Technology Guide: Why Back Up? The importance of protecting your data!
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Site updated Thursday, October 22, 2009
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What You Should Know
Even The Best Hard Drives Die.  Do You Back Up?
Businesses of all sizes are witnessing an explosion in the volume of data they hold. Whether it is the result of the Internet, email, or increasingly heavy and media-rich application software, there is a massive growth in the volume of data all around. Conservative estimates place data growth at approximately 80% per year. Data is increasingly being recognized as one of the real assets of a company, and losing this data would cause severe damage to any organization.

Data loss can be very costly, particularly for organizations in the small and medium business (SMB) market where the difference between survival and closure can rest on the ability to recover from a disaster. At the very least, critical data loss will have a financial impact on companies of all sizes:

Data type Time to re-create 20 MB Cost
Sales and marketing 19 days $17,000
Accounting 21 days $19,000
Engineering 42 days $98,000

The financial impact on a company is a combination of loss of business, low productivity, legal action, and the cost of re-creating data. A study showed that the cost of re-creating just 20 MB of data can be extensive!

Your best solution, is an external drive as a backup.  You can have multiple drives, and it is much easier restore from a portable external drive, as opposed to CDs or DVDs.


Today's Backup Options
With ever increasing hard drive sizes, how do you protect your valuable data?  CDs are only 720+ MBs, and even DVDs are limited to a few Gigabytes. So what do you do to back up hundreds of Gigabytes?  Here are some great and inexpensive options:
  • High Capacity USB Thumb Drives:
    USB Thumb Drives are now available in sizes as large as 64GB (soon to be even more).  While the USB interface is somewhat slow, these make an ideal solution for their small compact size.  Thumb drives are perfect for storing in files, or other compact spaces.  While their cost per GB is somewhat high, their convenience, USB interface, size, and extremely light weight, make them a very attractive option.
     
  • External Hard Drives
    Now you have a wide variety of options for external hard drives.  1TB (Terabyte) External Drives are now available for less than $200.00.  External drives come in a wide range of sizes, speeds, and interfaces.  They are available with USB (the slowest), Firewire (medium speed), and SATA/eSATA (the fastest).  

    When selecting an external drive, it is important to consider how you will use the drive, and the interface limitations of your computer.  If you have a laptop that only has USB ports, this would be your best (possibly only) option.  If you have USB & Firewire, get a drive that has Firewire for the performance boost.  If your system has a SATA or eSata port, get a drive with this option - it will give you true hard drive to hard drive performance.  

    However, also consider where you might need to restore the data.  USB is the most universal, in that almost all systems have USB ports.  If your system dies, and you need to restore your data, this may be your most important consideration.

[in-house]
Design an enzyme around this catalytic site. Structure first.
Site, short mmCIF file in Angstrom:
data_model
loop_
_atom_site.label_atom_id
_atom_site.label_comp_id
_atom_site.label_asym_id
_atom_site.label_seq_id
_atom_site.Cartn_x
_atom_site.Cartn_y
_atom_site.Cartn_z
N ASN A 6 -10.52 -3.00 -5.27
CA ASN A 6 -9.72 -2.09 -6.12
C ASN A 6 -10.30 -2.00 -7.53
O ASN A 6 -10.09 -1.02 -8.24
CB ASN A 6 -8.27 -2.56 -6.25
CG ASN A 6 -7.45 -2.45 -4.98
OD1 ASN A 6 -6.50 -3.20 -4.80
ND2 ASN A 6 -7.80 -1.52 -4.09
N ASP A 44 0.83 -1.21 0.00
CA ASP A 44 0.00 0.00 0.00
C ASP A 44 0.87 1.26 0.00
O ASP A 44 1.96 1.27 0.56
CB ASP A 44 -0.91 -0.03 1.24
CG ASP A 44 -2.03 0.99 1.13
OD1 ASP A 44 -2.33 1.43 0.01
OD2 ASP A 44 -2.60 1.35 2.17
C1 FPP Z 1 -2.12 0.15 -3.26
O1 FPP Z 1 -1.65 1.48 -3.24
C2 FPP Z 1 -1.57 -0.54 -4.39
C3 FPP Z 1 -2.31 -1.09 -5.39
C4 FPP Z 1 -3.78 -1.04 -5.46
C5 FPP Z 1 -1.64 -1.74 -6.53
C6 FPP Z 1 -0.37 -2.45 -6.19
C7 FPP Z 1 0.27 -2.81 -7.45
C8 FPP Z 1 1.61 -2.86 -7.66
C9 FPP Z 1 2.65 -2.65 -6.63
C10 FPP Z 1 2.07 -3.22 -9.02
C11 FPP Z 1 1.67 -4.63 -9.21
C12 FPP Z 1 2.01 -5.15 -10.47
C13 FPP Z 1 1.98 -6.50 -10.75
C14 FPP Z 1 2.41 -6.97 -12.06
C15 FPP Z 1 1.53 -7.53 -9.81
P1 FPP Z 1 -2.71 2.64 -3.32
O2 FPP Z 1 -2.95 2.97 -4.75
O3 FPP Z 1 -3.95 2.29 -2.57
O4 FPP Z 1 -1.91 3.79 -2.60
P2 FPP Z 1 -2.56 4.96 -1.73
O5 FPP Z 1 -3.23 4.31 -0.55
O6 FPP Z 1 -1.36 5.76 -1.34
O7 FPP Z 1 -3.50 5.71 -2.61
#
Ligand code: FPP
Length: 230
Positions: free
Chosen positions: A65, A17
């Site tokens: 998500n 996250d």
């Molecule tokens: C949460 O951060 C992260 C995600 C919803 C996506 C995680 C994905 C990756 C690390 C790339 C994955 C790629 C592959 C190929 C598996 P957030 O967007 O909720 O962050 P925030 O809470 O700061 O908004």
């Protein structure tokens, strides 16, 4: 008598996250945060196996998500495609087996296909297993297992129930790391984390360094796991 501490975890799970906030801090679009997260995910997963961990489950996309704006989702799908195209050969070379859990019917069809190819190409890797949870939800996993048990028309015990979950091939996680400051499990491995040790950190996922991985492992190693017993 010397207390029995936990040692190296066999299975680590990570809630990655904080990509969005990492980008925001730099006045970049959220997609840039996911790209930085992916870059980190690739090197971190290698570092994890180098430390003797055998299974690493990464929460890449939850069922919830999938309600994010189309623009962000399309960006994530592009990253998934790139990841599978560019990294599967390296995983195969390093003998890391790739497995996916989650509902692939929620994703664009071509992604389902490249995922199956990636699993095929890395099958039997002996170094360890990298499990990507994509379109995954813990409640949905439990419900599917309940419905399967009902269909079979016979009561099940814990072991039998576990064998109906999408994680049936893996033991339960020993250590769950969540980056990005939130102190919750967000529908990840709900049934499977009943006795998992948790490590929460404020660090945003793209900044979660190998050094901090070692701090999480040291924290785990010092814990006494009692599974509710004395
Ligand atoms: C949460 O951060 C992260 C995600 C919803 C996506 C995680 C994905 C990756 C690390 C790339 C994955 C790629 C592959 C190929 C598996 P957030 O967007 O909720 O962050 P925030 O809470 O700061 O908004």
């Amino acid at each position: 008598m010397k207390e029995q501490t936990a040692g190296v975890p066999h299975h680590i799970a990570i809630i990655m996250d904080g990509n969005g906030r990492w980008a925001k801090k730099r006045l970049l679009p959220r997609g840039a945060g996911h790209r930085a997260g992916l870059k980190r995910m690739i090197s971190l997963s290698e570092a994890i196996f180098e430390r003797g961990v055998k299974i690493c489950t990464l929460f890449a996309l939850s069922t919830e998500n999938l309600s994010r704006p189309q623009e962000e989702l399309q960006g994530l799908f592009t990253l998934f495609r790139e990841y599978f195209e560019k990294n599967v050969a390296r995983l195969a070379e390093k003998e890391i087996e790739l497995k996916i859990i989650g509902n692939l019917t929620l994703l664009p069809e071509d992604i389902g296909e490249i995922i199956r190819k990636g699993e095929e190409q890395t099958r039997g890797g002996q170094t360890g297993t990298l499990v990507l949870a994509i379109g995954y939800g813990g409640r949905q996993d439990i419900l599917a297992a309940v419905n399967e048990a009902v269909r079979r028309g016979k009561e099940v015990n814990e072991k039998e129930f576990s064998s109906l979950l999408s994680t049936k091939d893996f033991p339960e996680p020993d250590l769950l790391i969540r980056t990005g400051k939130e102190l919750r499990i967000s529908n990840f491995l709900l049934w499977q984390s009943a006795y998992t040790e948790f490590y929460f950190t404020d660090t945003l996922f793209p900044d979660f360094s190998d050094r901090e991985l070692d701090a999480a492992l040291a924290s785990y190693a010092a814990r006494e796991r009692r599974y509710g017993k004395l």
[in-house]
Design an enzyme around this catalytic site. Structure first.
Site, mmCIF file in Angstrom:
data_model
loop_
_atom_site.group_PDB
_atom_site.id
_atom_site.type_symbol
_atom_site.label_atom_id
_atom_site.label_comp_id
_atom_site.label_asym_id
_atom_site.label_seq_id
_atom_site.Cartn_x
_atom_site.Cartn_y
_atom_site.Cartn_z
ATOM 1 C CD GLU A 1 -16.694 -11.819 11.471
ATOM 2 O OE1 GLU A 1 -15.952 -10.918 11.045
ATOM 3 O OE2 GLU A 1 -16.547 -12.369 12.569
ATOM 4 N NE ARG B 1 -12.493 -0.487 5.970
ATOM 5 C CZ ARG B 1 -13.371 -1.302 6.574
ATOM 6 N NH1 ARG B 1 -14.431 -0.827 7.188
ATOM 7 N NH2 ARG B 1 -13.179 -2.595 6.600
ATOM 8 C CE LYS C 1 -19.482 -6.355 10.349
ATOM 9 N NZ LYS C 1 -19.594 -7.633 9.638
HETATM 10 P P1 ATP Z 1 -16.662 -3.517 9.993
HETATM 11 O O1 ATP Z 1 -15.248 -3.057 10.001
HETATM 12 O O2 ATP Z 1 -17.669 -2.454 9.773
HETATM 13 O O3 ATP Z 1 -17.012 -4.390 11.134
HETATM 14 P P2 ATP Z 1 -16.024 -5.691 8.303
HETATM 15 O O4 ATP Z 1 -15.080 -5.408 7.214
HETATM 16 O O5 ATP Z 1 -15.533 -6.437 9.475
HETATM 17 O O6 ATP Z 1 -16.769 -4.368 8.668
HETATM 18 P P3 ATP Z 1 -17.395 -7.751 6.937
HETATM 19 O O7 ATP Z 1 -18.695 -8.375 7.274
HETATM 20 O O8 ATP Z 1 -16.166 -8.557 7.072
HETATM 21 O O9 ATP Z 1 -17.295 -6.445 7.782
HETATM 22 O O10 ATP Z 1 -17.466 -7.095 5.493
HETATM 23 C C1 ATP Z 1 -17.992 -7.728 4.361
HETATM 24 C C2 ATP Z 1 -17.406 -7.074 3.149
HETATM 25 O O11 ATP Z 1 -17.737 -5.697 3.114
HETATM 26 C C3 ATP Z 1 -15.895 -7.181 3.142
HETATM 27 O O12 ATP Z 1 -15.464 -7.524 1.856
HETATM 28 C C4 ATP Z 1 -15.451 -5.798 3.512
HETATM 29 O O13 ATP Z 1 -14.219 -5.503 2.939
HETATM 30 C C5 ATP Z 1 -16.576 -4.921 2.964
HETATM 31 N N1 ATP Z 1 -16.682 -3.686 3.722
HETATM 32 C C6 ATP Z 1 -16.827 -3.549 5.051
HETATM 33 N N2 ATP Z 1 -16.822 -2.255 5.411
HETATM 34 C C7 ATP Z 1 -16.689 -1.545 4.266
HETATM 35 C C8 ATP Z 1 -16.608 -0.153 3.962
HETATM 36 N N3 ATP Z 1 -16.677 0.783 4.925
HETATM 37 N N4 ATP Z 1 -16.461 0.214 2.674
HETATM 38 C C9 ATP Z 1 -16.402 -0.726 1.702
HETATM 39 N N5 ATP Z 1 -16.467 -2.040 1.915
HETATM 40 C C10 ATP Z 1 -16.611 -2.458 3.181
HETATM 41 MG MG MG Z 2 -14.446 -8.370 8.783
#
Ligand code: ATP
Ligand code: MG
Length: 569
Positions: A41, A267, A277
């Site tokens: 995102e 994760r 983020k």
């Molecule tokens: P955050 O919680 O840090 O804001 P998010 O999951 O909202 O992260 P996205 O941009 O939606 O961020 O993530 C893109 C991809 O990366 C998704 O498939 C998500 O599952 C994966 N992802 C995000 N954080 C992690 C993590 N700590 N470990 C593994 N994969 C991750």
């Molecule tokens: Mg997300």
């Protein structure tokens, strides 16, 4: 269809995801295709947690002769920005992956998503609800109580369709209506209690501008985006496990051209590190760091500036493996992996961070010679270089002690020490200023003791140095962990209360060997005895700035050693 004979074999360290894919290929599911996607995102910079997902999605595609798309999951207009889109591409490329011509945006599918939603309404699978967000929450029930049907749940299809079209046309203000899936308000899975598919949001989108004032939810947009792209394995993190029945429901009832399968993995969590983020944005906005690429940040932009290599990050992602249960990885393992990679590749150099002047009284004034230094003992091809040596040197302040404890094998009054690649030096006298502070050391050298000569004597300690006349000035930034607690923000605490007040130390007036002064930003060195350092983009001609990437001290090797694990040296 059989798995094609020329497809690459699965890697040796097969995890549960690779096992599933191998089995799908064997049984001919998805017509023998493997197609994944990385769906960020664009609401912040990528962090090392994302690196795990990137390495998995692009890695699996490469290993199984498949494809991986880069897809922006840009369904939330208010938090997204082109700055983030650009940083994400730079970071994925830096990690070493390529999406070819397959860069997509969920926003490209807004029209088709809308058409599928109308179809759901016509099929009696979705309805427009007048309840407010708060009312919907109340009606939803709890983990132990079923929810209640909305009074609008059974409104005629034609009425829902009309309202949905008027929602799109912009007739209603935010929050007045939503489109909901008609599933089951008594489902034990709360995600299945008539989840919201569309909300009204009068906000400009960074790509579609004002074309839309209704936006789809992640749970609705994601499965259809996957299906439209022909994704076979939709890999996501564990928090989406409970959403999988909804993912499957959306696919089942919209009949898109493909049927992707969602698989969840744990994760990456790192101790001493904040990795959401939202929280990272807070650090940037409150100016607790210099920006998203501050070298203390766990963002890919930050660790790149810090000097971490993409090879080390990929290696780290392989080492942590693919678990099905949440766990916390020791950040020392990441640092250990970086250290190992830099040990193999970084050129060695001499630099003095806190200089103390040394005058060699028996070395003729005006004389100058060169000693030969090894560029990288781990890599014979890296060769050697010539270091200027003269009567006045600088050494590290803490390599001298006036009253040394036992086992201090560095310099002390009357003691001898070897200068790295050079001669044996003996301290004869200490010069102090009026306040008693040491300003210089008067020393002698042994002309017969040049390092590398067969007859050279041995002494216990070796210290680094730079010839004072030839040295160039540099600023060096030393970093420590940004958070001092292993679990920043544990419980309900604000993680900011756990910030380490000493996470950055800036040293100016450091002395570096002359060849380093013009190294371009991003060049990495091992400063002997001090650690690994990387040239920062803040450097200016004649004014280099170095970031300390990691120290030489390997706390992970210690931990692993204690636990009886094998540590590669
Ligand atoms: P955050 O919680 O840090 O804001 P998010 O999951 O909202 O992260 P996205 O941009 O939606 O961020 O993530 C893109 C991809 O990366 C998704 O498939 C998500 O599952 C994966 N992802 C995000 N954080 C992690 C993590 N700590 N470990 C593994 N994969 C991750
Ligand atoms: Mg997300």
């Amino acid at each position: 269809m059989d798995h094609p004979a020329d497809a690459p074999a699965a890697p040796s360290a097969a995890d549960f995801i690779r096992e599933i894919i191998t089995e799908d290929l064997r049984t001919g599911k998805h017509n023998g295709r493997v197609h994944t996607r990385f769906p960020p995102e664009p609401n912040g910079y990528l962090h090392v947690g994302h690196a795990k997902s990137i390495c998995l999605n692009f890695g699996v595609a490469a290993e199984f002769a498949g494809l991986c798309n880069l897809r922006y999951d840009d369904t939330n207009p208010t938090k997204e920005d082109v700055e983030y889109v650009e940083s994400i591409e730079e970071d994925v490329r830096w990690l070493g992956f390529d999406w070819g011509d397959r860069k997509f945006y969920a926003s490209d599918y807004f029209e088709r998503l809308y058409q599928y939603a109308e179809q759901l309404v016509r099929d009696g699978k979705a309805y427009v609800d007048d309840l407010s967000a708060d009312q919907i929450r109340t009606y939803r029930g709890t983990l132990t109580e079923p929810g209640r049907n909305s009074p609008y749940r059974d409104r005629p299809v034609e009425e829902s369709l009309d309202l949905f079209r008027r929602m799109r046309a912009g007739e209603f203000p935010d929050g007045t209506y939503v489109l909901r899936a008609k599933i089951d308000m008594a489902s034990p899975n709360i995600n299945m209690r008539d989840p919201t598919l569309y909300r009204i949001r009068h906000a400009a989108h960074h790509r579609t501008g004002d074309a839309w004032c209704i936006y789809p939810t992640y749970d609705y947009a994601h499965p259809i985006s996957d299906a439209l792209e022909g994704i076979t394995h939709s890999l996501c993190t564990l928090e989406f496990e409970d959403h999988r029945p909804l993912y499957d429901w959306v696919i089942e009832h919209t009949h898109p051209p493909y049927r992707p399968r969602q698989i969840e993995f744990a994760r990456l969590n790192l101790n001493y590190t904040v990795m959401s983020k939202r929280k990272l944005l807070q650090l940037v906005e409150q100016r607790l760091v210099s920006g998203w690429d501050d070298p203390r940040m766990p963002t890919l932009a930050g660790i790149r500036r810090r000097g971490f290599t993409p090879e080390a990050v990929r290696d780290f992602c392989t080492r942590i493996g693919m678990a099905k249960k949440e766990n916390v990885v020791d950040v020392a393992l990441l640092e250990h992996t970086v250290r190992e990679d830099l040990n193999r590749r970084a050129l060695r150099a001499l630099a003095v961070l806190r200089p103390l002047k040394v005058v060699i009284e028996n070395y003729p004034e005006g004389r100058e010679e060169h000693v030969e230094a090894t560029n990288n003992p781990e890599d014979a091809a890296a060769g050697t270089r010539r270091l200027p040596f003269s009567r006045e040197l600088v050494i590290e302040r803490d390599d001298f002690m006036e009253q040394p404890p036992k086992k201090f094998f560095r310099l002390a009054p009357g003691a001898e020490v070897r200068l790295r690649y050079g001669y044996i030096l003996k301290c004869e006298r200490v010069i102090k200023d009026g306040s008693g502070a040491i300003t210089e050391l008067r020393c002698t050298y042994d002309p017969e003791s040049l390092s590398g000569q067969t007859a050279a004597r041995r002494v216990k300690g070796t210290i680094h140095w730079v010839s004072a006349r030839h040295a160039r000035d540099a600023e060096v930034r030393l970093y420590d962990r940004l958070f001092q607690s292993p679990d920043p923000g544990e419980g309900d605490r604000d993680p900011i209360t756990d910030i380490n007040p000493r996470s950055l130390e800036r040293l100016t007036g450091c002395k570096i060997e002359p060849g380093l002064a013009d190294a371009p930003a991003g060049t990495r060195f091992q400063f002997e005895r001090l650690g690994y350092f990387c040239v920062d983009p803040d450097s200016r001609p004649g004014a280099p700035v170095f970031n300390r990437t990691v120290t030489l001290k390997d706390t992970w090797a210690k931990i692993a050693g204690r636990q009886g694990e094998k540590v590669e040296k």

One last consideration is to keep your backup drive continuously connected, or only connect it during backups.  The general idea of backups is to have a copy of your data in case your system fails - which they do.  But you may also want secure protected backups in a safe or safe deposit box.  Regardless, external hard drives offer an outstanding solution for backing up your data, and the cost per GB is quite low.


     
  • Hard Drive Docks (Toasters)
    An incredibly simple, yet functional new product category emerged in 2008: Hard Drive Toasters (Hard Drive Docks).  This device lets you plug in regular internal hard drives as though they were pop-in flash drives.  You drop in your hard drive, and the dock instantly gives your system access to that drive, without wiring, or power connections - it's all done by the hard drive toaster.  This way you can use any compatible hard drive as an external removable hard drive for backup purposes!
  • don't forget DVD writers  

 

  • Online Backup
    Still another option is to use an online backup service.  These come in two forms:

         Backup to another computer over the Internet
         Backup to a central server using the Internet

    The first of these can work very well, and automatically backups when you are online.  The Microsoft OneCare service is one example.  It can backup your data from your system to another in your OneCare account across the Internet automatically, regardless of where you are.

    The second involves trusting your critical data to someone else's servers, and usually no real guarantee that your data will always be there.  If they loose your data, they just refund your fee.  This service may be fine for a couple of letters, but business critical data needs to be accessible forever.  For this reason, you are better advised to look to a hardware solution that you control.
     
  • Backup Software
    Many products come with backup software included, such as External Hard Drives, and Antivirus products like CA Security Suite.  Most offer excellent features for automated backups.  But remember, backup software and devices, are only as good as your willingness to use them!  So backup regularly, and backup often.

If you have any specific questions, please do not hesitate to